PART - I
By Archa Datta
Our ancient scriptures say that ‘Yatraryastupujyanteramantetatradevataha’— where women are worshiped there the Gods reside. The Upanishads declare that –Ekam sat viprah bahuda vadanthi’ —there is only one reality in this world, described in many ways. Man and woman are the two manifestations of one supreme power and are equal in strength, power and disposition. Such was the lofty status given to women in our ancient scriptures and society. Over the ages, women became subject to social exclusion, multiple deprivation and mental and physical abuse.
The vicious cycles of inequality perpetuated a decline in the status of women and fostered lop-sided development. In the 21st century, a paradoxical situation exists when a section of them have made a place for themselves in society, yet a large number remains deprived of the right to live with dignity and, moreover, a girl child is deemed unworthy of life itself. To have inclusive growth, it is imperative to ensure that women in all situations get equal opportunity to live and lead a life of their choice.
The Census 2011 is an eye opener as it records an all-time low Child Sex Ratio (CSR) of 918, which is the number of girls per thousand boys, between the age group of 0-6 years. The declining sex ratio is in existence in every part of the country- rural, urban and tribal areas. It is an alarming situation, which will alter the demographic profile of the country, and requires immediate action to reverse this dangerous trend to prevent further erosion of gender justice, and ensure social cohesion and all-round development.
To arrest this declining trend in the CSR and ensure women’s education, a tiol program, Beti Bachao Beti Padhao( BBBP), has been launched by the Prime Minister on January 22, 2015, at Panipat in Harya. It is a joint initiative of the Ministries of Women & Child Development, Health & Family Welfare and Human Resources Development to spearhead twin objectives: to protect a girl child of her right to be born and her right to life, and to empower her with education and life skills. The place selected for launch of this campaign is also significant, with Harya being one of the worst performers on CSR. Harya has just 877 females per 1000 males, and in case of 0-6 years, the figure is as low as 830, as per Census 2011.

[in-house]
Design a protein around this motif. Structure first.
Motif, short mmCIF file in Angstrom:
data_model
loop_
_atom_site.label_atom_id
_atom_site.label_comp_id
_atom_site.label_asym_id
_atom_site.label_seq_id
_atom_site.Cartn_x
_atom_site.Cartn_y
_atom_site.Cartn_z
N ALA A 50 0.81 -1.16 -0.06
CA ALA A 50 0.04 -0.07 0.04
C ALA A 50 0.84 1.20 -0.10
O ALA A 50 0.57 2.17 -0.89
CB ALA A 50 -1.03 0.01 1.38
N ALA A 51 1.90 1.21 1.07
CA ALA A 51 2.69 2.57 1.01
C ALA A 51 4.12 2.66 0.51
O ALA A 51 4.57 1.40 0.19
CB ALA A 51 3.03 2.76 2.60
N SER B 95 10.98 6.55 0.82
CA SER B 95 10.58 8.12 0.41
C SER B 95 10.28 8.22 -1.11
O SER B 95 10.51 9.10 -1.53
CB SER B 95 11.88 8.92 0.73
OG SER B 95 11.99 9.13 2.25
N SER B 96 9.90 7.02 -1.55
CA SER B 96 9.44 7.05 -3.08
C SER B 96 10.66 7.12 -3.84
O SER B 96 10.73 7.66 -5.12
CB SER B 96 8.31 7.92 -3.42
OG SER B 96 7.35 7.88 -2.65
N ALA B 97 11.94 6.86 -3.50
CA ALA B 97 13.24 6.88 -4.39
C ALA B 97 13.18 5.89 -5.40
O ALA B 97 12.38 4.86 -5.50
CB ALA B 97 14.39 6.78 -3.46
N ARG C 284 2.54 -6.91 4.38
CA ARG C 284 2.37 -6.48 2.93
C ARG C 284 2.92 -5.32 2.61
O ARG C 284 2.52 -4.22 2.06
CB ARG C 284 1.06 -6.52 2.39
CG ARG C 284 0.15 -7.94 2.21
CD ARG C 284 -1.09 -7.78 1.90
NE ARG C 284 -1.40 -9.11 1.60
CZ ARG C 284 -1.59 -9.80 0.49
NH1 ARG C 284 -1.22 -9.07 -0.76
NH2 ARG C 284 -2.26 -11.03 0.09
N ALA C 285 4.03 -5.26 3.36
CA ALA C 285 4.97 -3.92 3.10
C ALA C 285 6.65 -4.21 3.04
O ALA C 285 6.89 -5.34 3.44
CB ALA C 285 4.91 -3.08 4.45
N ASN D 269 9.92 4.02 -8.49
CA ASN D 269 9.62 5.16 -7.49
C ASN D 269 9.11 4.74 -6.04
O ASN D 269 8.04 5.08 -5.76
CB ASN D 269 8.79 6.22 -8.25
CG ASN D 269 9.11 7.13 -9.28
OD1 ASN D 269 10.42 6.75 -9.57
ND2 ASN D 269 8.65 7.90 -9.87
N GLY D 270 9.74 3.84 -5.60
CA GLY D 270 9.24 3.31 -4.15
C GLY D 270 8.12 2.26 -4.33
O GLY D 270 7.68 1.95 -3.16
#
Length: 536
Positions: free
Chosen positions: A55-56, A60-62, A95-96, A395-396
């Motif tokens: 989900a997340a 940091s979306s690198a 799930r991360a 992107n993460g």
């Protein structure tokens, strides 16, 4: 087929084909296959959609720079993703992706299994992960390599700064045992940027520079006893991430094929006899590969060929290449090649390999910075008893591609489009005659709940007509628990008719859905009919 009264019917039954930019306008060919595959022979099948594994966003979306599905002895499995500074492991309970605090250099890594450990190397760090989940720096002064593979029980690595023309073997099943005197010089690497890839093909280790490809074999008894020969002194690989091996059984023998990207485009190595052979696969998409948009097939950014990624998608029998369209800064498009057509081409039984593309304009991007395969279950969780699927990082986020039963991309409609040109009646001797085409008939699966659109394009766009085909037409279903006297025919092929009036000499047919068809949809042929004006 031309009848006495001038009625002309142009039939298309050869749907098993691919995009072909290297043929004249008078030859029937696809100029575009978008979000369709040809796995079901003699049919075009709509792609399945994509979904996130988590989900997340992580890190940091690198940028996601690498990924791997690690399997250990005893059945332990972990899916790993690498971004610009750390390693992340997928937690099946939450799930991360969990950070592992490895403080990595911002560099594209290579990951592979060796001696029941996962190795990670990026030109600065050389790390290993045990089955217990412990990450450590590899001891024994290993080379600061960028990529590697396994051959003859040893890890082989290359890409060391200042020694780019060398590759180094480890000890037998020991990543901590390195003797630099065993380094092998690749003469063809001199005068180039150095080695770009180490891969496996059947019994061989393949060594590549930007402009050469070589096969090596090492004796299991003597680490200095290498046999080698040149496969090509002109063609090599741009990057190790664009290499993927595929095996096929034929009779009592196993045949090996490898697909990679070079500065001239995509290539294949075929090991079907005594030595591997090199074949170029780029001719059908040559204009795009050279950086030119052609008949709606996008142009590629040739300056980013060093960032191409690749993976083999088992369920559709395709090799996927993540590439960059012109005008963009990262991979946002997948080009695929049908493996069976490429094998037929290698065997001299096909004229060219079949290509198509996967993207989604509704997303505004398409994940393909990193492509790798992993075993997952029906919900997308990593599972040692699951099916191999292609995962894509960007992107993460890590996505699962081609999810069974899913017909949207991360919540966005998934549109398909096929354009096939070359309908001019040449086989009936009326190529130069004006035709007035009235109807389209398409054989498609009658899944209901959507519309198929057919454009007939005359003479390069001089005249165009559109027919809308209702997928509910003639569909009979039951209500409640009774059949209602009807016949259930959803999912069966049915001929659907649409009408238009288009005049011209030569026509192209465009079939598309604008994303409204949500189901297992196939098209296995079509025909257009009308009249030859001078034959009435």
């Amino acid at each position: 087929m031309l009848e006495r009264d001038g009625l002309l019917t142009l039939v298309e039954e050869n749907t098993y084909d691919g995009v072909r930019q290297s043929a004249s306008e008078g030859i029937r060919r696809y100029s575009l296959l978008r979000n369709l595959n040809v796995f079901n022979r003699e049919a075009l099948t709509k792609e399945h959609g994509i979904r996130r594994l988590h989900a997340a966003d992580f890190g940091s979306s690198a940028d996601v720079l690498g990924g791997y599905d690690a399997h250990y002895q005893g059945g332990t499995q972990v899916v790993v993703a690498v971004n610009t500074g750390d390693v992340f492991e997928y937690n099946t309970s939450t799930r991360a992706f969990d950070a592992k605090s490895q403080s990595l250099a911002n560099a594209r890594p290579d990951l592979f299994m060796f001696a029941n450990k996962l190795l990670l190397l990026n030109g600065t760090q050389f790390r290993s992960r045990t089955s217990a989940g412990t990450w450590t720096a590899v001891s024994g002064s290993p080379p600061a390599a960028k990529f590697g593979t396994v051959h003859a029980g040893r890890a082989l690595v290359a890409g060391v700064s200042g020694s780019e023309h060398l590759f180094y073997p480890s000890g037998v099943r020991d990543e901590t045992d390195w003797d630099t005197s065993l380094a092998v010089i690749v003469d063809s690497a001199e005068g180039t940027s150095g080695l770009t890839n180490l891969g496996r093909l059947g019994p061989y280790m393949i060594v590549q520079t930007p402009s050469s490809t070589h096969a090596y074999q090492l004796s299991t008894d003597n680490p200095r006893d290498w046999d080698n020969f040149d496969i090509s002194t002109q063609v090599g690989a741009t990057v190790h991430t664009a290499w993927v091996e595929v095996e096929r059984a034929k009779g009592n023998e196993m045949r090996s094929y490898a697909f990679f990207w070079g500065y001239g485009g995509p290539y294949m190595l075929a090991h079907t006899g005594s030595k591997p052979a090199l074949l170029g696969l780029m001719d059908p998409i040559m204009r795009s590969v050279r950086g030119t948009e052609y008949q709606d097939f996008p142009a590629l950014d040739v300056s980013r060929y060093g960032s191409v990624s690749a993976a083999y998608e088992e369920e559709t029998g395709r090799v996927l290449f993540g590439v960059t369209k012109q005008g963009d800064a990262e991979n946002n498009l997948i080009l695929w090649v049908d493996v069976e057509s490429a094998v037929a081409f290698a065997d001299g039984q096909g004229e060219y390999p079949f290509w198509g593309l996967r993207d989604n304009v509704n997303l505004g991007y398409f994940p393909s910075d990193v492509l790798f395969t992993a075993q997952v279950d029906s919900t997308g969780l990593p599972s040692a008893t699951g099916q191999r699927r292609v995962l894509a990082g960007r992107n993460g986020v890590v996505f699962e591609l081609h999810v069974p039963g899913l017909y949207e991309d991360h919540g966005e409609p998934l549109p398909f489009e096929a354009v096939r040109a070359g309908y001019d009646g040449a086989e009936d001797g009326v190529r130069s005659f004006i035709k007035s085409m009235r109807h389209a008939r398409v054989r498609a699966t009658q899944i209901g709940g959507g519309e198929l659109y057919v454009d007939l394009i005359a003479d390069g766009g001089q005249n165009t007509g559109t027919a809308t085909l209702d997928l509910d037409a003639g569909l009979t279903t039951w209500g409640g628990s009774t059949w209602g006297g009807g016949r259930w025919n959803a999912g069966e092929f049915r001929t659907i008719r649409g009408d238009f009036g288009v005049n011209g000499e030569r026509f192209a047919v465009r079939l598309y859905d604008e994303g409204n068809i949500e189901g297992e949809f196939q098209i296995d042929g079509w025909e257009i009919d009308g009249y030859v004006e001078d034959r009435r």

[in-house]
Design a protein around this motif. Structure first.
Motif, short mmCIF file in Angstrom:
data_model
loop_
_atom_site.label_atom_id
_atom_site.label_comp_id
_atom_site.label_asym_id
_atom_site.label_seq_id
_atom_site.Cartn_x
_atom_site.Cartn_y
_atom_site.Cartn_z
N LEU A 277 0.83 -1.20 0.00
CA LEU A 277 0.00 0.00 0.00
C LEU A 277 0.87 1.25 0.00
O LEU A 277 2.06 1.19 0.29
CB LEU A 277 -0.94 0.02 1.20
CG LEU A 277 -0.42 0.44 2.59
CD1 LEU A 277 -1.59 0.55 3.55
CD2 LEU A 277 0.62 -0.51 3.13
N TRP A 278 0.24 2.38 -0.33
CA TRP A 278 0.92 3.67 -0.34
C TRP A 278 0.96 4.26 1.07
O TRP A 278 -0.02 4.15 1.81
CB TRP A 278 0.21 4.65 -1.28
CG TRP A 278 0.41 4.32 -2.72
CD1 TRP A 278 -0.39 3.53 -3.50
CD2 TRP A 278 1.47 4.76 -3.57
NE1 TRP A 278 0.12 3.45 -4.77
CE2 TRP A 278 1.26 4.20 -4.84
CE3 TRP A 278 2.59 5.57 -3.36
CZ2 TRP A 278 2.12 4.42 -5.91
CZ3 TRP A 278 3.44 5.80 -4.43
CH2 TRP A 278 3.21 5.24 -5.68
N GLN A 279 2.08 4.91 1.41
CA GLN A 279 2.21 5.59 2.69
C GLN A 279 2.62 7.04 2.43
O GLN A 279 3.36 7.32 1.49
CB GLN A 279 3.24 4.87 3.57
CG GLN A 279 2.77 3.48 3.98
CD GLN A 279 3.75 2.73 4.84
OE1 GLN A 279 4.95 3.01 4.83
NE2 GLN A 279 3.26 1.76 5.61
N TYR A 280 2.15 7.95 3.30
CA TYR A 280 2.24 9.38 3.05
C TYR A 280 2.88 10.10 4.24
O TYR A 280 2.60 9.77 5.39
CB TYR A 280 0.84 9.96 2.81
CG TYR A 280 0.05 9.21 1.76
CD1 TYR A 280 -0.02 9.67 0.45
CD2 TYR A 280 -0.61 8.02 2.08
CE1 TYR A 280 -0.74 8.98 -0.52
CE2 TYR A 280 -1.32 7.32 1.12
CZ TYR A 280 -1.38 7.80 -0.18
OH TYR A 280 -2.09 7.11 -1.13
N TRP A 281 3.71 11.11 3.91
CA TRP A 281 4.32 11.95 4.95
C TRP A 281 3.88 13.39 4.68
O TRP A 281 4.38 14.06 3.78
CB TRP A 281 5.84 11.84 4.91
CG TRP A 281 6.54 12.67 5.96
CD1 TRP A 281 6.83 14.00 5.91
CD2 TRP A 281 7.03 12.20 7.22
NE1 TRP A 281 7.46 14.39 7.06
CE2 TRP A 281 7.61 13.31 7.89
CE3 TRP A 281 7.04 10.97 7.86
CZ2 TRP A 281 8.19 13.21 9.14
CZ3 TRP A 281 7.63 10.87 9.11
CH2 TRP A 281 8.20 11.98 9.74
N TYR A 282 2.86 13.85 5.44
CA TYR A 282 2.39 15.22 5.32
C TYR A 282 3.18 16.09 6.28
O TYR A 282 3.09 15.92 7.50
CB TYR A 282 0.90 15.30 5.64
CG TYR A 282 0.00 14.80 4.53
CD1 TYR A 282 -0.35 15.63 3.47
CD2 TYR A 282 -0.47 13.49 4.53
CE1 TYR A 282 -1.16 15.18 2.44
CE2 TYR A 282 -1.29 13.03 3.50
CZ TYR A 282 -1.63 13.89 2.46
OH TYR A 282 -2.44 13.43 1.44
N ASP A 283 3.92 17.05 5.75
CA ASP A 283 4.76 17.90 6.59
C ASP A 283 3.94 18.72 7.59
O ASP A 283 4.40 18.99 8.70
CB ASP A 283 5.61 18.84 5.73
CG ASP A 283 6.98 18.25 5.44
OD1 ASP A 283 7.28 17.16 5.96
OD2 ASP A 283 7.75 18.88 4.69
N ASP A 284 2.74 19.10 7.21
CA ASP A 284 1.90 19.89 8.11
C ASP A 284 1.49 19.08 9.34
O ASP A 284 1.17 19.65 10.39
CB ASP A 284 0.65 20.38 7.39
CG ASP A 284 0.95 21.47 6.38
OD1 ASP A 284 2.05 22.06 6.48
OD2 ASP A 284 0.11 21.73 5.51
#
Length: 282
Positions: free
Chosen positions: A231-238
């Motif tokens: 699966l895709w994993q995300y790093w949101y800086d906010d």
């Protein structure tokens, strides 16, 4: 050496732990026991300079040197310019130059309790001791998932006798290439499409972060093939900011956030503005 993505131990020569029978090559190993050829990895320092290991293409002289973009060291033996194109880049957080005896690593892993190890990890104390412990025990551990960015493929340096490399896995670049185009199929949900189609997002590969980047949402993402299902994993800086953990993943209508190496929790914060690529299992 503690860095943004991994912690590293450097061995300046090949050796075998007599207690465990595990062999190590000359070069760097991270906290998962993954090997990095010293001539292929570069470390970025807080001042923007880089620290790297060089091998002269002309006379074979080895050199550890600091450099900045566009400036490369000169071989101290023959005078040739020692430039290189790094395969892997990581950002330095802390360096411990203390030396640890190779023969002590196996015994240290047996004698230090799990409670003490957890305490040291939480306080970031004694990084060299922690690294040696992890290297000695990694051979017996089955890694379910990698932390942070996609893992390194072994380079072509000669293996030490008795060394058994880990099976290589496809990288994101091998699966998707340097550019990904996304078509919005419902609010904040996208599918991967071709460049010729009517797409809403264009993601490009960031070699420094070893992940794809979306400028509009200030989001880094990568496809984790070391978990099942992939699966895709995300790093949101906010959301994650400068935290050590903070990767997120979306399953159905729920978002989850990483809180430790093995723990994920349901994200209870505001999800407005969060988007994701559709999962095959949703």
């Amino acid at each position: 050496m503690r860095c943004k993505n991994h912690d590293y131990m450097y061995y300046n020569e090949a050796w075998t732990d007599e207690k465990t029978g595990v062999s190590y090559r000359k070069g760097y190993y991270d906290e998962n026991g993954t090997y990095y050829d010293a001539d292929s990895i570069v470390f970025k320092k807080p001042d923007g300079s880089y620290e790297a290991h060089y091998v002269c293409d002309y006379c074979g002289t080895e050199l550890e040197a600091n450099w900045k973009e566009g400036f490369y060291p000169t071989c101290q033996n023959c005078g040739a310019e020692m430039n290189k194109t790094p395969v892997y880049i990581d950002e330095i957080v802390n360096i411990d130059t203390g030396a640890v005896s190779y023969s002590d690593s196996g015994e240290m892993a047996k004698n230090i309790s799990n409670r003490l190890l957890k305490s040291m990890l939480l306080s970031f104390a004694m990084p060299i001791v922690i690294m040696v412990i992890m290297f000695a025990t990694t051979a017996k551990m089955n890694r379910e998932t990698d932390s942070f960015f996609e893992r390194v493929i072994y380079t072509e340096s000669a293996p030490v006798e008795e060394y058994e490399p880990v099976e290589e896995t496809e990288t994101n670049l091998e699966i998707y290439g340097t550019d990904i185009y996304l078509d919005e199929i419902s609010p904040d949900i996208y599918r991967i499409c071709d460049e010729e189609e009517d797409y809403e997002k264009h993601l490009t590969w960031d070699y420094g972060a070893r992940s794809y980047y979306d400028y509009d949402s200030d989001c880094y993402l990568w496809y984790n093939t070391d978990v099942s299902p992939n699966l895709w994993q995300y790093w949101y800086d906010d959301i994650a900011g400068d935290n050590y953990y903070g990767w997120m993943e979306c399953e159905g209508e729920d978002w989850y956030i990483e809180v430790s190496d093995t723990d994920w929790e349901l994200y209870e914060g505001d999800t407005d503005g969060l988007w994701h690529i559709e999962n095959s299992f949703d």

The Prime Minister’s emotiol appeal at the launch of the program highlights the urgency of the situation and the need to reverse this dangerous demographic trend. He said that it is the collective responsibility to end this ‘terrible crisis’ which will have far reaching consequences on future generations. He appealed to the people to turn the birth of a girl child into an ‘.Andotsav’ and make it into a community celebration. The PM also launched the “Sukanya Samriddhi Account” for the benefit of the girl child for her education. The current year’s Budget proposal for 2015-16, gives it a tax break on its accrued annual interest of 9.1%.
The BBBP, for focussed intervention, has initially chosen 100 Gender Critical districts in all States and UTs. The program has a multi-sectoral approach and lays stress on mass mobilisation and community participation. The program in campaign mode has several monitor-able targets. One is to improve the Sex Ratio at Birth(SRB) in identified gender critical districts by 10 points a year. The other is to reduce gender differentials in under Five Child Mortality Rate from 8 points in 2011 to 4points by 2017. The programme sets the target to increase girl enrolment in secondary education from 76% in 2013-14 to 79% by 2017 and provide toilets for girls in every school in the 100 CSR districts by 2017.
The BBBP Campaign is to ensure effective implementation of PC& PNDT Act to curb sex-selective abortion. It is also to improve the nutritiol status of girls by reducing the number of underweight and aemic girls under the age of 5, from NFHS-3 levels and ensure universalisation of ICDS. The campaign is also to promote a protective environment for the girl child through implementation of Protection of Children from Sexual Offences (POCSO) Act, 2012.
(To be continued)